Good Monday Morning!  I skipped last Monday in honor of Labor Day, but I’m back with another roundup of educational resources.

1.  Educreations – If you “flip” your classroom, check out this site.  It may make flipping much easier.  Educreations is both a website and iPad app that allows you to create and share video lessons with a browser or an iPad. Basically, you record your lecture or presentation while using an interactive whiteboard to show your audience images or write and erase as you go.  It’s Khan Academy, but with information in just the way you want it!  You can choose to share your videos via links with just your students or the whole world.  I’ve already created three short videos as a trial for an upcoming unit, and it didn’t take me long at all.  I’ve posted the links on Edmodo for my students to view.  In addition, students themselves could create videos as part of an assignment.  The site and app are FREE!

2.  Learnist – Are you a “pinner”?  Do you use Pinterest to find or share education ideas?  Well, Learnist is Pinterest for educators.  It’s a way of archiving all those ideas for the classroom that you come across while searching the web.  Right now it is in its Beta phase, but you can sign up with an email address to receive an invite.  The site is FREE.

3.  60-Second Adventures in Thought – David Mitchell hosts Open University’s 60-Second Adventures in Thought on iTunes.  These short, animated videos cover famous thought experiments from the Greeks to Albert Einstein.  Great way to introduce a concept or unit of study.  FREE.

4.  60-Second Adventures in Economics – Works the same way as Adventures in Thought. FREE.

5.  Thinglink – Thinglink allows you and your students to make any image an interactive platform.  Upload an image from your computer or the web, then tag it and tag it again.  Embed links to websites, videos, audio clips, etc.  The site is FREE.

6.  Founders’ Constitution – This website from the University of Chicago Press and the Liberty Fund is a great resource for all kinds of documents related to the U.S. Constitution.  It is useful for a number of classes in the social studies.

Public Speaking: A Necessary Evil

Picture it.  It’s 1992, and I’m standing in front of my 7th grade class about to recite from memory the opening passage of A Tale of Two Cities by Charles Dickens.  You know the one.  “It was the best of times, it was the worst of times…”  We had to memorize either a poem or book passage of our choosing for the annual school speech contest.  Why did I choose that particular passage?  Who knows?  I don’t think I’d even read the book by that point in my school career. For whatever reason, that’s the passage I chose, and that’s the passage I was about to recite.  And then…my mind went blank.  My brain and body froze.  I couldn’t remember the first word of the passage let alone the last. I stood there with 50 eyeballs trained on me, and I began to quietly cry.  At that point, there was no way any words were coming out of my mouth that day.  Lucky for me, I had a kind, understanding English teacher who gave me time to compose myself and regain my confidence.  The next day, I recited the passage, getting each word correct and even making it into the next round of the school’s speech contest.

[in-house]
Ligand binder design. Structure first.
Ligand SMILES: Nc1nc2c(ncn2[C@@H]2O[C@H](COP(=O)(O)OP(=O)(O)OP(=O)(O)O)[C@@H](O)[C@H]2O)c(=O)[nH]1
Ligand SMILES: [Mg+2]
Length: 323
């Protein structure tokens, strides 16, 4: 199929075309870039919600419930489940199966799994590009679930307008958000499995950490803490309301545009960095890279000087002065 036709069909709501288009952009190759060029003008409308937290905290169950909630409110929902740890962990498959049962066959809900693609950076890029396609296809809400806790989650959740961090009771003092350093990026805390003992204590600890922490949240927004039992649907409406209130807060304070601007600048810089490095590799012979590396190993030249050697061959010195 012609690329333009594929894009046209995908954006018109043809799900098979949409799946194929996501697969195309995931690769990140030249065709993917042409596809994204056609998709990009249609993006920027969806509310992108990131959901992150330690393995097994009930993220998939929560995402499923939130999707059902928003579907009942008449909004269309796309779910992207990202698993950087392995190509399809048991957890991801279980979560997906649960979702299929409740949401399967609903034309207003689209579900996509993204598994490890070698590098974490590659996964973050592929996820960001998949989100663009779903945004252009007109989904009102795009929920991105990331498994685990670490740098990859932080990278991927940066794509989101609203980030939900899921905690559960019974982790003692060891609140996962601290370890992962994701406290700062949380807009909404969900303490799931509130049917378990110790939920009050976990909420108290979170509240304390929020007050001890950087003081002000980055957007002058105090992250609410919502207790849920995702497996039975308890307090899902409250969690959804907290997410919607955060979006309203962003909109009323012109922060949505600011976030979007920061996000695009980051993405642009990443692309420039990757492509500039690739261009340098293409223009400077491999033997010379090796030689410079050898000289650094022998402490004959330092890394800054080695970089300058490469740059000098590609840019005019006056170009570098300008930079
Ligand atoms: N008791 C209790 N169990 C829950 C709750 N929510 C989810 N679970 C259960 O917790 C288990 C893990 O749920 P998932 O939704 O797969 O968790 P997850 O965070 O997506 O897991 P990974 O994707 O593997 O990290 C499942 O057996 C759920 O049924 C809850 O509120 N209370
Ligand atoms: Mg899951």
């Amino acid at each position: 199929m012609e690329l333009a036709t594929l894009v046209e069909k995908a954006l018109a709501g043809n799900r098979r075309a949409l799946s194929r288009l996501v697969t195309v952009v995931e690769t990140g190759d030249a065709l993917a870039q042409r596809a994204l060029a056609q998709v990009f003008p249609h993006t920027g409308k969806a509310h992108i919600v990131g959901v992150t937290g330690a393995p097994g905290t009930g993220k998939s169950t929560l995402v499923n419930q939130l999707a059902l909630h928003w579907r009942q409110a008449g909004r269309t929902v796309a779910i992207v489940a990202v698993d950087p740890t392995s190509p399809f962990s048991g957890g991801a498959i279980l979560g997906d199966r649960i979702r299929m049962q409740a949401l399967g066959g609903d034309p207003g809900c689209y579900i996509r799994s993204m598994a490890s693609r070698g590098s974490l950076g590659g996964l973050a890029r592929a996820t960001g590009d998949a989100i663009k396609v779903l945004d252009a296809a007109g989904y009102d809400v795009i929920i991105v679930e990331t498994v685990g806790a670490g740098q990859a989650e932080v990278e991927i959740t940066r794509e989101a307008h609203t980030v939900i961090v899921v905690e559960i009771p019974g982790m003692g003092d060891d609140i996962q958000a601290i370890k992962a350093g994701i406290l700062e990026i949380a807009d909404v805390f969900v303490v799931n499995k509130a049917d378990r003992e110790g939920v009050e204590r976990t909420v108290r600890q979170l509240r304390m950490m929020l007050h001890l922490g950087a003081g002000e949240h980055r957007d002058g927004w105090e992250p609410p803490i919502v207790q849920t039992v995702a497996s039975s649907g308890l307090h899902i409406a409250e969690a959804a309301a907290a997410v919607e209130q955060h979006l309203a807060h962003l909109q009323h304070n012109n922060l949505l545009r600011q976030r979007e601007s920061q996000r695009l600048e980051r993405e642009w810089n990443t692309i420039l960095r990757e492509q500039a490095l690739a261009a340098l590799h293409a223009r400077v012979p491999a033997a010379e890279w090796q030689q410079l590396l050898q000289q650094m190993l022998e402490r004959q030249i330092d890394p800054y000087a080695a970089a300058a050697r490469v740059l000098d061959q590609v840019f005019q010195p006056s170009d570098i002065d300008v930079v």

This past week as my students debated one another in front of the class, the memory of my 7th-grade self came back to me.  Some of my students were practically hyperventilating before the debates.  Their hands and voices were shaking while their faces ranged from shades of green to red and back again. Having once reacted similarly to speaking publicly, I felt compassion for my students even as I made them perform.  I too used to absolutely abhor talking in front of people, and while it still is not necessarily my favorite thing to do even as a teacher, I’ve become quite comfortable with it.  Yet I only became comfortable with it over time as I continually got up in front of groups to give a presentation, a lecture, or a formal speech.

Given that my students are seniors speaking in front of students they’ve known since kindergarten, I was surprised by how uncomfortable so many of them were to speak formally in front of their peers.  In discussing this with a colleague who acted as a guest judge of one of the debates, we determined that we – as a faculty – probably don’t require enough formal public speaking on the part of our students.  How often do we ask them to give a formal presentation and assess it as such?  Once a semester, once a year, not at all?  Oral communication is such an important skill, and it is a skill that needs to be taught not just in our English classes.  No matter the subject area, we can have students do formal presentations.  They can present a project, give a speech, participate in a formal discussion with another classmate or two.  Nearly all, if not all, our students will be asked to speak publicly in college and beyond.  It only makes sense that we make it a point to get them up in front of their peers from time to time, give them the chance to freeze and experience that feeling of helplessness along with the knowledge that, if they do indeed crash and burn, it will not be the end of the world.